Apparently they claim that the smoking ban has caused lots and lots of bars and clubs to go out of business in New York, causing "widespread industry layoffs", because apparently New Yorkers are such party animals that they'll say to themselves, "you know what, I'd like to go clubbing, but I can't smoke there, so I'll just stay home instead."
The California smoking ban improved my nightlife experience immeasurably. It only takes one trip out of the state to remind me of the horrors of coming home and having to leave my clothing outside because I can't stand to be in the room with their post-club stench. Hell, I can't wait until they ban smoking on sidewalks. And after cigarettes, I hope they go after patchoulli. I don't want to smell any of you fuckers! Get away from me!
Fortunately the power came back on shortly after 10pm, because it seems that we didn't have a prayer of actually getting this place up and running on a generator, and being closed on a friday would have cost us a ton of money... Alexis got a hold of the electrician who installed our new system to ask him what we should order and how to hook it up, and his answer was something along the lines of, "hmmm, well, that's pretty complicated..." Apparently the fact that (as described in the July 2000 "Ask Dr. Science" interlude) we have "delta" three-phase power instead of "star" three-phase power, and that we actually use the mostly-useless 208v line (most people just ignore that one, and only use the two 120v lines) makes it tricky to hook a generator in...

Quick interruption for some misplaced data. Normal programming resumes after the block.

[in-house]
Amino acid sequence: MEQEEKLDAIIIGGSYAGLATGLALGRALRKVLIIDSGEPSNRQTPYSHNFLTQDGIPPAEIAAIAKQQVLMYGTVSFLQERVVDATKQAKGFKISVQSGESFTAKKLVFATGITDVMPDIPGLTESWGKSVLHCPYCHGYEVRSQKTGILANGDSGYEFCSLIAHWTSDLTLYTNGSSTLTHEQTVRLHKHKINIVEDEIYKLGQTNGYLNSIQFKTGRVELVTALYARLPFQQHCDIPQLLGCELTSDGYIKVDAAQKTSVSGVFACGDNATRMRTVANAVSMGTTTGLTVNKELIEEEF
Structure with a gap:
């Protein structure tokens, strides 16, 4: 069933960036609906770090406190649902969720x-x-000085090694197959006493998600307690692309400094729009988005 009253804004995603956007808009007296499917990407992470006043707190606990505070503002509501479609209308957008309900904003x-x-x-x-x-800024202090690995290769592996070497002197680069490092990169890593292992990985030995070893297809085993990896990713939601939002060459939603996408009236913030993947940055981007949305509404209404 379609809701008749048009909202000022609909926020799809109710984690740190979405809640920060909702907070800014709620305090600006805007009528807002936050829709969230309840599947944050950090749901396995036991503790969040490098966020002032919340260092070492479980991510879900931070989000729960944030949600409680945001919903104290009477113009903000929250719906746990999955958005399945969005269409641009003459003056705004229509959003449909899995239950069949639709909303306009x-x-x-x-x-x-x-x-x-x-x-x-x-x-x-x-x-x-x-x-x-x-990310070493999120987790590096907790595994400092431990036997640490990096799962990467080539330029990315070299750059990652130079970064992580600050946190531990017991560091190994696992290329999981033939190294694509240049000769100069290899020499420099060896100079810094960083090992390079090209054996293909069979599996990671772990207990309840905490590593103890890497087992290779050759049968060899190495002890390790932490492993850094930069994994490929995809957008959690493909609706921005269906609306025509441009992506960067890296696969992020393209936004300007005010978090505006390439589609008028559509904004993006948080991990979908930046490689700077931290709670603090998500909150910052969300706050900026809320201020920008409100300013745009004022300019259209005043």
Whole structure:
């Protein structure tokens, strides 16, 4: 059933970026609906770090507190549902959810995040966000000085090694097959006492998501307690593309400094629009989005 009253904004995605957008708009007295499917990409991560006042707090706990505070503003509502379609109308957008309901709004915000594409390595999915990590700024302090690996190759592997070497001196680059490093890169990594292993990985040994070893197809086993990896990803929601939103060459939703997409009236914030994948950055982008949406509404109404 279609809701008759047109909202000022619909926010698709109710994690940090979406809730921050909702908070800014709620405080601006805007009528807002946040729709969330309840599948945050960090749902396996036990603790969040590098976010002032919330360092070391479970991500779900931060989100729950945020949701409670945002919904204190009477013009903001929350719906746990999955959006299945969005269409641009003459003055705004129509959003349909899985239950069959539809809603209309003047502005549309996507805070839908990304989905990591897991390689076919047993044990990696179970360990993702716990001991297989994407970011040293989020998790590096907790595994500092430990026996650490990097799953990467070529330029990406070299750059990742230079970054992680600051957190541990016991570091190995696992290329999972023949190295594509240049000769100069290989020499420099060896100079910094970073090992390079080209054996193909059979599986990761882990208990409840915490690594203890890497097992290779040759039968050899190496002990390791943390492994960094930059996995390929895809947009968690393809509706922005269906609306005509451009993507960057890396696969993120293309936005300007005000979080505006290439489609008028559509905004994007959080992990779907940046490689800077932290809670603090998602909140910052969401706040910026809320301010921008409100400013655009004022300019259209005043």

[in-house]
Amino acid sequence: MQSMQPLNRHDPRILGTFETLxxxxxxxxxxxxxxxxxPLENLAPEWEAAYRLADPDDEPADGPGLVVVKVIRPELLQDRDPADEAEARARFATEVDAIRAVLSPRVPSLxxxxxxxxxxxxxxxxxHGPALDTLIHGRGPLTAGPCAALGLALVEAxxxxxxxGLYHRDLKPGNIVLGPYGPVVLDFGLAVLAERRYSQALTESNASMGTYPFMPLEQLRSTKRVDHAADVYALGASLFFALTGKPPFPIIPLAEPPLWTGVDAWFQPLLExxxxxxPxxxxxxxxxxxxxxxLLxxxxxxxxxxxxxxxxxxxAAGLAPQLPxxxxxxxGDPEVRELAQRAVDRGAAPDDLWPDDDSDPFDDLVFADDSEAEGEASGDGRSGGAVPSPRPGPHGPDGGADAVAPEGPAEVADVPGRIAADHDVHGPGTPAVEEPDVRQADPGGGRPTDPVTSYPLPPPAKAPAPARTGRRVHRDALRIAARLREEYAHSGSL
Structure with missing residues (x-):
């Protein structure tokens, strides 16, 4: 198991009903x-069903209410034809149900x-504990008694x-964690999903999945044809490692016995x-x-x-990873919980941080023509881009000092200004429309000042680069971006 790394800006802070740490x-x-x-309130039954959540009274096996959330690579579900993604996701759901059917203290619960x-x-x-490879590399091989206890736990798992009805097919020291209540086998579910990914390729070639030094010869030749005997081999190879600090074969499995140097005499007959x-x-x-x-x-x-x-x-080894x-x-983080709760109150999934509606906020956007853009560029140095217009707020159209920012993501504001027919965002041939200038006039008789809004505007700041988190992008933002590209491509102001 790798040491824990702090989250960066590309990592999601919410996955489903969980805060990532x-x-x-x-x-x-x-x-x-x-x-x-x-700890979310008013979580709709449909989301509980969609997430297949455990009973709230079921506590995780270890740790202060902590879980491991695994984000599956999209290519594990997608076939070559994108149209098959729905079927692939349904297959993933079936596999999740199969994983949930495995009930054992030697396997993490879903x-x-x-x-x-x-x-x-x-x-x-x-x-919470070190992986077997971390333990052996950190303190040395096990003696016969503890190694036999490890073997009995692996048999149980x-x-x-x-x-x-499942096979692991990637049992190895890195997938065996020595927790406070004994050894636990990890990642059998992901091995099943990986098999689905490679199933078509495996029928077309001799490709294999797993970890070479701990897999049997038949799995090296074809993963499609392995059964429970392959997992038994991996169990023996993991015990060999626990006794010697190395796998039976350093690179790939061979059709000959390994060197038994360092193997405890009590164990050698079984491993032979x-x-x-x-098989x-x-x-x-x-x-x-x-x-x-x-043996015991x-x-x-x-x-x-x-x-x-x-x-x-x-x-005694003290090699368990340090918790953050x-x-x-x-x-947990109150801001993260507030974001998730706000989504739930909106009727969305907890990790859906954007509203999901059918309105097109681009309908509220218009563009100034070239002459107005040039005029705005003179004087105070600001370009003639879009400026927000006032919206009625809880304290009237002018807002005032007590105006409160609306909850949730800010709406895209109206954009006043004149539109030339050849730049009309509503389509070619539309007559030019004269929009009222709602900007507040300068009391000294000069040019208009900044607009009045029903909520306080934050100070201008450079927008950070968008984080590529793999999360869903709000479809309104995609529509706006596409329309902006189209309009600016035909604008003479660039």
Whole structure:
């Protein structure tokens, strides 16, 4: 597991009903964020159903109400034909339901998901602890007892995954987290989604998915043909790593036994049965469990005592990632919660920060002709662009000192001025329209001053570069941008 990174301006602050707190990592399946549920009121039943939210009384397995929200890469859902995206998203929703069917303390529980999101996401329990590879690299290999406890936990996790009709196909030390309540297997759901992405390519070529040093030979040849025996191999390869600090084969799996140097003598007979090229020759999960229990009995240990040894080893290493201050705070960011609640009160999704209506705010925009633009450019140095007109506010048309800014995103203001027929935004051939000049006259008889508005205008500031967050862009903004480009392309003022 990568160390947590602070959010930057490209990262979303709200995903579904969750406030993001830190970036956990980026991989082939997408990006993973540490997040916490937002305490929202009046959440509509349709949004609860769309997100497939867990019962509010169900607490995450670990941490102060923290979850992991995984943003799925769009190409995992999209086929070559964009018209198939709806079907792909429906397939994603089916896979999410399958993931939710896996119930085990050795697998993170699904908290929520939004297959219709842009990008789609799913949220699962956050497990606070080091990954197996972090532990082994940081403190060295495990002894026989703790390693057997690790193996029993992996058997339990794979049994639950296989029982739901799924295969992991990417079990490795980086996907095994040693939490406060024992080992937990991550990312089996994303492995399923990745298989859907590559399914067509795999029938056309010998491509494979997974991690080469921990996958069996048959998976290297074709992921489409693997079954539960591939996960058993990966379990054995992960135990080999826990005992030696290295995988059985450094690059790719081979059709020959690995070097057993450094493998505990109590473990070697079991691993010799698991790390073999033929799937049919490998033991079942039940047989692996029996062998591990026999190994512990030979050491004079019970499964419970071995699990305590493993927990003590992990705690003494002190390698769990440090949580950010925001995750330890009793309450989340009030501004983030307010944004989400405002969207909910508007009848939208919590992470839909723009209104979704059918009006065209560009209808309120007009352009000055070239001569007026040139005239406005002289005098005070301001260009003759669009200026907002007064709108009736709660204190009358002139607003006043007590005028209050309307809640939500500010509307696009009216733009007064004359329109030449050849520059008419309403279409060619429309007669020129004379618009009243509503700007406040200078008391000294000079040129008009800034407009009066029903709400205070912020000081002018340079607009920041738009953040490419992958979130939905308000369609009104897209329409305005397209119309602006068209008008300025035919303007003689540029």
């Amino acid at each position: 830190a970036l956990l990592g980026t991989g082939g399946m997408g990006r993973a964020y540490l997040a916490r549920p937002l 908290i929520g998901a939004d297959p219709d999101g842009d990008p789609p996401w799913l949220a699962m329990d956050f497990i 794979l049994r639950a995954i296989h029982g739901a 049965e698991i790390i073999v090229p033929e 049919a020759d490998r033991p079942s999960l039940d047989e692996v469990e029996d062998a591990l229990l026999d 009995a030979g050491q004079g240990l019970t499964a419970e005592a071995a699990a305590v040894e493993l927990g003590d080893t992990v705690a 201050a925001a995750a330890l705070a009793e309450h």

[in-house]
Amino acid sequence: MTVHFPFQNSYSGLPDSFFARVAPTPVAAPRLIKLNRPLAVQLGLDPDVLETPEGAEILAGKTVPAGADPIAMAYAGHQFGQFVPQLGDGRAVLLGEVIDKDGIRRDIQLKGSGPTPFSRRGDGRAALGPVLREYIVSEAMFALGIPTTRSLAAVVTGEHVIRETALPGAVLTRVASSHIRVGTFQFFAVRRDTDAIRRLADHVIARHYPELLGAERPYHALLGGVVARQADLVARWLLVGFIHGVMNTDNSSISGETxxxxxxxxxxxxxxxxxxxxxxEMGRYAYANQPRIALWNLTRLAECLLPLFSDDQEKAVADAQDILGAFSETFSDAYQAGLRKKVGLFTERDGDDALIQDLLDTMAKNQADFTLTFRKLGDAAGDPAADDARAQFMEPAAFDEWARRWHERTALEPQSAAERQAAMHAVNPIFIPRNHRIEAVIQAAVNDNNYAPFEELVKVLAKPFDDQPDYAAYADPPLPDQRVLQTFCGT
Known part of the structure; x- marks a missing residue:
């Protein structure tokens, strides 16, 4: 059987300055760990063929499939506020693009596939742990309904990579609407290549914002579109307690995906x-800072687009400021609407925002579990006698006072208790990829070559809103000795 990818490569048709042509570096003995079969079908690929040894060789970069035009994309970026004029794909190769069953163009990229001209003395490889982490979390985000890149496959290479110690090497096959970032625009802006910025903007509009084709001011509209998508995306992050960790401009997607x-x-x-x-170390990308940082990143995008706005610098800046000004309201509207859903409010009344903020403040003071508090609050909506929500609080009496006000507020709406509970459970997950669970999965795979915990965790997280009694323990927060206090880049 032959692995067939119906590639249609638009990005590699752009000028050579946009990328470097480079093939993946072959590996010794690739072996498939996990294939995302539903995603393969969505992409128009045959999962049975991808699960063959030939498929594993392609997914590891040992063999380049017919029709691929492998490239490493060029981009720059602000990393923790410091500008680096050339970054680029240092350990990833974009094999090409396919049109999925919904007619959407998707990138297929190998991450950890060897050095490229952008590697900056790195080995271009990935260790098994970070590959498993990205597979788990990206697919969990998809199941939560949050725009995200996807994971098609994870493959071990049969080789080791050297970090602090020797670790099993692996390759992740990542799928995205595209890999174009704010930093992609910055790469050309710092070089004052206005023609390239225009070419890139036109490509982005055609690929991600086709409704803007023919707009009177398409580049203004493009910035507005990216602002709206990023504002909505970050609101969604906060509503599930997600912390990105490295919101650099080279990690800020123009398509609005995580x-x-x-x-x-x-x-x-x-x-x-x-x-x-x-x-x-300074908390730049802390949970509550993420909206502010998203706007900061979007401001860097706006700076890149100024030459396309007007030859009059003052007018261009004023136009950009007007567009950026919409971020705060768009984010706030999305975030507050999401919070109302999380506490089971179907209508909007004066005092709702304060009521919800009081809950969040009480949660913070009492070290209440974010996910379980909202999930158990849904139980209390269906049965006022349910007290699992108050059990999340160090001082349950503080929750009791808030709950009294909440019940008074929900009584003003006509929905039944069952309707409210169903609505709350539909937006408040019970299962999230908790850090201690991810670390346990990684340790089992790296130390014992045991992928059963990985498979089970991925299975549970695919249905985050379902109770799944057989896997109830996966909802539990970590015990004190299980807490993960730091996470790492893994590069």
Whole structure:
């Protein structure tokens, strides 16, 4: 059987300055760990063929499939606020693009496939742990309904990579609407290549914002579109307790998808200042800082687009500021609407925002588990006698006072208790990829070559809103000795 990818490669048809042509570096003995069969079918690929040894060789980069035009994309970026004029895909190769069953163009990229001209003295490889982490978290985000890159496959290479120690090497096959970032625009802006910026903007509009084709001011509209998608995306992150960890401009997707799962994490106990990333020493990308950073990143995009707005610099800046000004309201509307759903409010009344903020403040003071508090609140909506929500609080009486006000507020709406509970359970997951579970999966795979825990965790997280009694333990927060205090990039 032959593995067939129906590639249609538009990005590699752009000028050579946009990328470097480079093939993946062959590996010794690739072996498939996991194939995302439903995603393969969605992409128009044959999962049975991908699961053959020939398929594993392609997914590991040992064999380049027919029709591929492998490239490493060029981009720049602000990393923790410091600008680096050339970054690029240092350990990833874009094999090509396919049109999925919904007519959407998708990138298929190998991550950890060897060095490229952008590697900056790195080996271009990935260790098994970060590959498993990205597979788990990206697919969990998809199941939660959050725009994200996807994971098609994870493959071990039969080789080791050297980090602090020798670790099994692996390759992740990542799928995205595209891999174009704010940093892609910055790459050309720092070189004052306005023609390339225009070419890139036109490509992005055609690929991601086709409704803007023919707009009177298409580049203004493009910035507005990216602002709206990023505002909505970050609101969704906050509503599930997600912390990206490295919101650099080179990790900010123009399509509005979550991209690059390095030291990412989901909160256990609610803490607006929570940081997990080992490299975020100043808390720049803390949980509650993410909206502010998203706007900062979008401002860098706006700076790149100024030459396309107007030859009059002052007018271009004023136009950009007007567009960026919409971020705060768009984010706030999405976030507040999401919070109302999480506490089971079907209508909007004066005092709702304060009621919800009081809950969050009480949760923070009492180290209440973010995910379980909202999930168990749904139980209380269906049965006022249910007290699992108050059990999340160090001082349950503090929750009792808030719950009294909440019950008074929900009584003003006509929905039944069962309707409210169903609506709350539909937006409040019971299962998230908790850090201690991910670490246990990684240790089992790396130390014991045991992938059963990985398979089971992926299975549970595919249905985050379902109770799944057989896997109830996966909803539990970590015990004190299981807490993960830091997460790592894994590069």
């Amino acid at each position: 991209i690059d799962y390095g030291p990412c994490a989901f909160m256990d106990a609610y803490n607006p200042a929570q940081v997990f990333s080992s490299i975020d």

So, that was a bullet dodged. I guess we're going to have our electrician come back out one of these days and like, put in some terminals that say "pull switch and attach generator here" or something.
- "Push to test."
"Release to detonate."
We also learned that our five UPS boxes can only keep the eleven PCs in the back office running without wall power for something like twenty minutes. That's like, not so good. So we missed the beginning of the webcast, since the power only came back on after 10pm, and the machines didn't run the 10pm "start the webcast" cron job until I did it by hand...
So later that night, I was showing Brad one of the screen savers that runs on the kiosks that scrolls text around in an arty way; the source of that text is set up to be the most-recent posts to LiveJournal, the blogging web site that Brad created. I started this screen saver and the first thing it printed was "open your wrists and the pain ends forever"! It continued on in that 10th-grade-goth-poetry way for a while, and he accused me of setting that up ahead of time. I hadn't, it was real-time. "Oh my god my users are so dumb!" he exclaimed.
Just then, some guy came up to us and said, "yo, yo, you gotta go to pimps and hoes dot com! Check it out!"
"You think your users are bad?" I asked.
Dr. Belcher's team uses the virus as a temporary scaffolding on which the crystals grow. The viruses are first altered by the insertion of a few amino acid chains, called peptides, so that they attract a particular material like zinc sulfide or cadmium sulfide.
It is all a matter of affinity, molecular recognition and genetic programming, Dr. Belcher said. "We programmed the virus to grow a particular material at a particular length," she said. "Then we burned off the virus and were left with single-crystal semiconductor wires."
"There is a small railroad so the engines can be changed in flight, and moved around at ease within the auxiliary wing. The nonfunctioning motor can be replaced with a reserve motor within five minutes and broken motor run over to the machine shop and to be repaired on the spot. Bel Geddes figured that while it required 20 engines to lift the ship off the water, only 12 were needed to fly at cruising speed."